National Comprehensive Cancer Network



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NCCN Updates Ovarian Cancer Guidelines

FORT WASHINGTON, Pa., February 26, 2008 — The National Comprehensive Cancer Network (NCCN) is pleased to announce several new updates to the NCCN Clinical Practice Guidelines in Oncology™ Ovarian Cancer. These changes highlight leading developments in the treatment of ovarian cancer and represent the recognized standard for clinical care in oncology in both the community and the academic practice settings.

Patients with ovarian cancer were once thought to exhibit no symptoms during the early stage of the disease. But recent studies have shown that a specific set of symptoms are more common in women with ovarian cancer than women in the general population. This early-symptom list, collected and codified by the Gynecologic Cancer Foundation, has been incorporated into the NCCN Ovarian Cancer Guidelines. Symptoms suggestive of ovarian cancer include: bloating, pelvic or abdominal pain, difficulty eating or feeling full quickly and urinary symptoms such as urgency or frequency. Awareness of the possible significance of these symptoms may enable earlier identification of women with ovarian cancer, even those with early-stage cancer.

The other major update to these guidelines is that the treatment regimens for ovarian cancer, germ cell tumors and ovarian stromal tumors have been expanded to include new chemotherapeutic agents, to indicate which agents are preferred and to clarify which agents should be used for specific tumors.

About the National Comprehensive Cancer Network

The National Comprehensive Cancer Network® (NCCN®), a not-for-profit alliance of 27 of the world's leading cancer centers, is dedicated to improving the quality and effectiveness of care provided to patients with cancer. Through the leadership and expertise of clinical professionals at NCCN Member Institutions, NCCN develops resources that present valuable information to the numerous stakeholders in the health care delivery system. As the arbiter of high-quality cancer care, NCCN promotes the importance of continuous quality improvement and recognizes the significance of creating clinical practice guidelines appropriate for use by patients, clinicians, and other health care decision-makers. The primary goal of all NCCN initiatives is to improve the quality, effectiveness, and efficiency of oncology practice so patients can live better lives. For more information, visit NCCN.org.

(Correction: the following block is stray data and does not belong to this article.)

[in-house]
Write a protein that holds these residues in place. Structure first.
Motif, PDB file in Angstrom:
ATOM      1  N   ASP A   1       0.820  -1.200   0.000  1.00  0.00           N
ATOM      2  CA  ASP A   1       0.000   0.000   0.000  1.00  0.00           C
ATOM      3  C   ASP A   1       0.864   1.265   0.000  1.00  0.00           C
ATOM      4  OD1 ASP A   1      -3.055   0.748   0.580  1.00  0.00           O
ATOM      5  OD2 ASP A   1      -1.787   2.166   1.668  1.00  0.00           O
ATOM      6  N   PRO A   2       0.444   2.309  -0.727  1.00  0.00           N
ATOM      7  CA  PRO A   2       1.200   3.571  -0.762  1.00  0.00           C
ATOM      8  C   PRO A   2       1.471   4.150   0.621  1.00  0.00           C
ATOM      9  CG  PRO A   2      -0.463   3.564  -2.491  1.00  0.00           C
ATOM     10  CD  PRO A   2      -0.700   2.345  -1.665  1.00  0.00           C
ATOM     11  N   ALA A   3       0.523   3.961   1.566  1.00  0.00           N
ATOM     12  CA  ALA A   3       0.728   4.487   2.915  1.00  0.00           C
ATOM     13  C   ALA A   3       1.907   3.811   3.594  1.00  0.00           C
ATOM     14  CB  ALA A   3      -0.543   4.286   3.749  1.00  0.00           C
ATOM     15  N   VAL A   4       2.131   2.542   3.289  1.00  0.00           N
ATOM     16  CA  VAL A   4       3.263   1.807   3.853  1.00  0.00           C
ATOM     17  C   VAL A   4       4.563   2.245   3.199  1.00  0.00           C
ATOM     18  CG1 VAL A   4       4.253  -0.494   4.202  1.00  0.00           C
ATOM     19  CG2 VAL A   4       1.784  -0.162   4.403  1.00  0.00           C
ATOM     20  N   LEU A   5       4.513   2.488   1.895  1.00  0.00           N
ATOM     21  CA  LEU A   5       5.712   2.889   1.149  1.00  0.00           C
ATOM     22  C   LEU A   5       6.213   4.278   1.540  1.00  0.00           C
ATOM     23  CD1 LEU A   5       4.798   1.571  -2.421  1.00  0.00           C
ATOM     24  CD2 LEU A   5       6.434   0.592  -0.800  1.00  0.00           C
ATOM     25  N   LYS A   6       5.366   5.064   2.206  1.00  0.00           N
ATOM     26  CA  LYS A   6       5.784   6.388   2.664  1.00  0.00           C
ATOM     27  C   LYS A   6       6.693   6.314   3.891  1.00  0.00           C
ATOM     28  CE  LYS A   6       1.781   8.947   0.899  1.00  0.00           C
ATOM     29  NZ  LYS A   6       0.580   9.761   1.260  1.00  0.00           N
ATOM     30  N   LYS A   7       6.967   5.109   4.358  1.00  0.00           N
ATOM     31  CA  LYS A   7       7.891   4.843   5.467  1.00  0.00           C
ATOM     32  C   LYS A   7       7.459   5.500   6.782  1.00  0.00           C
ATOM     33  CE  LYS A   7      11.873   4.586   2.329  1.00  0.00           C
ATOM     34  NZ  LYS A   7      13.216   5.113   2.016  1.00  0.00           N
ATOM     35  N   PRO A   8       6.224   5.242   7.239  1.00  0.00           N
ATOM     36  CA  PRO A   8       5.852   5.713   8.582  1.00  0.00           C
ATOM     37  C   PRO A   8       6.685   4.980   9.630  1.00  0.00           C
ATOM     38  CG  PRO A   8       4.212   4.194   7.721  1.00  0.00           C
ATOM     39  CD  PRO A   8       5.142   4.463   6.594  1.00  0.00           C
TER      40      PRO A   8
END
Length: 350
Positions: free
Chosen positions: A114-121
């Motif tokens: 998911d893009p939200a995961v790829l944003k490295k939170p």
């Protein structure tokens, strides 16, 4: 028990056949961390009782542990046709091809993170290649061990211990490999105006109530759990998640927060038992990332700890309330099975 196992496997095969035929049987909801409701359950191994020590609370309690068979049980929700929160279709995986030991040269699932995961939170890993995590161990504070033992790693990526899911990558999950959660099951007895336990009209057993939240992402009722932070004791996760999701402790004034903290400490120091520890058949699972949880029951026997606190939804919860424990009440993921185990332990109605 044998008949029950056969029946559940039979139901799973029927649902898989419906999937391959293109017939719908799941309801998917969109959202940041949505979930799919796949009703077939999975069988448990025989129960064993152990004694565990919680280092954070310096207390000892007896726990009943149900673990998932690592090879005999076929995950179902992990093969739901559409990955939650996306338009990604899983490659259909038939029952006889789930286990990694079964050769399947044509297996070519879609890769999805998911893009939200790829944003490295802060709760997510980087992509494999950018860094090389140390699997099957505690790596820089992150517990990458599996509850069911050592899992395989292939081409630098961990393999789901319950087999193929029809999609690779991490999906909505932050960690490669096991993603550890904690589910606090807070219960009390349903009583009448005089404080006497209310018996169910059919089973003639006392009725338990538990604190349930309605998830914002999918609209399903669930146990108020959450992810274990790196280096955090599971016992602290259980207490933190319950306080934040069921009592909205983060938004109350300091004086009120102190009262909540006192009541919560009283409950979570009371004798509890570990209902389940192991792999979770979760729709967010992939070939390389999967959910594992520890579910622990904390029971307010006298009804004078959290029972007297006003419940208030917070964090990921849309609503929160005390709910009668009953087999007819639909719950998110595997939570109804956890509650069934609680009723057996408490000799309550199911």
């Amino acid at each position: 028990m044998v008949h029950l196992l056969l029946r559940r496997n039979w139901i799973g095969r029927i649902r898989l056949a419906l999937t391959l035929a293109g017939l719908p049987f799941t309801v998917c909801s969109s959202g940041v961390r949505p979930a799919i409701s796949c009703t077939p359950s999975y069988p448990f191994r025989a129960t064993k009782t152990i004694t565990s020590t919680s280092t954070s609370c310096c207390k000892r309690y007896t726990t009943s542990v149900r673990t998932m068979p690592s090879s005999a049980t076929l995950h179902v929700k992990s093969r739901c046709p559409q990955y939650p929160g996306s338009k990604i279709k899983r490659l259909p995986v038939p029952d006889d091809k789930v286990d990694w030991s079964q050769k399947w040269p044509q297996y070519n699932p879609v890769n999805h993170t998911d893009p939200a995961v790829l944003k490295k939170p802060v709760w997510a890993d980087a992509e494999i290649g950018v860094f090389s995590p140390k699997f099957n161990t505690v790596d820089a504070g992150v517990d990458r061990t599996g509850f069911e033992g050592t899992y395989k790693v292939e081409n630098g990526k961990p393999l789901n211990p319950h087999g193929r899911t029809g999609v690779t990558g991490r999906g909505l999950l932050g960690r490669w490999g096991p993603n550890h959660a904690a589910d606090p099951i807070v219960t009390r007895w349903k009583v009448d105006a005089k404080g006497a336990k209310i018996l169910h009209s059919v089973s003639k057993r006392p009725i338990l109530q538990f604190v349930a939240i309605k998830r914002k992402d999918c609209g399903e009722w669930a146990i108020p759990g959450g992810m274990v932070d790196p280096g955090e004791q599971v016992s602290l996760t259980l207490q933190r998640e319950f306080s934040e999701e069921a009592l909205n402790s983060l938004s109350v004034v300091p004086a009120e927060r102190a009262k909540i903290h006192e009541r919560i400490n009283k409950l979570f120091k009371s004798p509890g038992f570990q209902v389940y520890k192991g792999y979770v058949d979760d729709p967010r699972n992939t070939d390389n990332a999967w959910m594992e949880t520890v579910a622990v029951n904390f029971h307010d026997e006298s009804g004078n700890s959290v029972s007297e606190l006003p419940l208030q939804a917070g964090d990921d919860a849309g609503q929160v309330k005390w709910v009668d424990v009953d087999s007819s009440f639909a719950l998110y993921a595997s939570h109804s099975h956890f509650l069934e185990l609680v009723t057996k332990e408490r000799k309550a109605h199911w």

The NCCN Member Institutions are:

  • Fred & Pamela Buffett Cancer Center
  • Case Comprehensive Cancer Center/University Hospitals Seidman Cancer Center and Cleveland Clinic Taussig Cancer Institute
  • City of Hope Comprehensive Cancer Center
  • Dana-Farber/Brigham and Women's Cancer Center | Massachusetts General Hospital Cancer Center
  • Duke Cancer Institute
  • Fox Chase Cancer Center
  • Huntsman Cancer Institute at the University of Utah
  • Fred Hutchinson Cancer Research Center/Seattle Cancer Care Alliance
  • The Sidney Kimmel Comprehensive Cancer Center at Johns Hopkins
  • Robert H. Lurie Comprehensive Cancer Center of Northwestern University
  • Mayo Clinic Cancer Center
  • Memorial Sloan Kettering Cancer Center
  • Moffitt Cancer Center
  • The Ohio State University Comprehensive Cancer Center - James Cancer Hospital and Solove Research Institute
  • Roswell Park Cancer Institute
  • Siteman Cancer Center at Barnes-Jewish Hospital and Washington University School of Medicine
  • St. Jude Children's Research Hospital/The University of Tennessee Health Science Center
  • Stanford Cancer Institute
  • University of Alabama at Birmingham Comprehensive Cancer Center
  • UC San Diego Moores Cancer Center
  • UCSF Helen Diller Family Comprehensive Cancer Center
  • University of Colorado Cancer Center
  • University of Michigan Comprehensive Cancer Center
  • The University of Texas MD Anderson Cancer Center
  • University of Wisconsin Carbone Cancer Center
  • Vanderbilt-Ingram Cancer Center
  • Yale Cancer Center/Smilow Cancer Hospital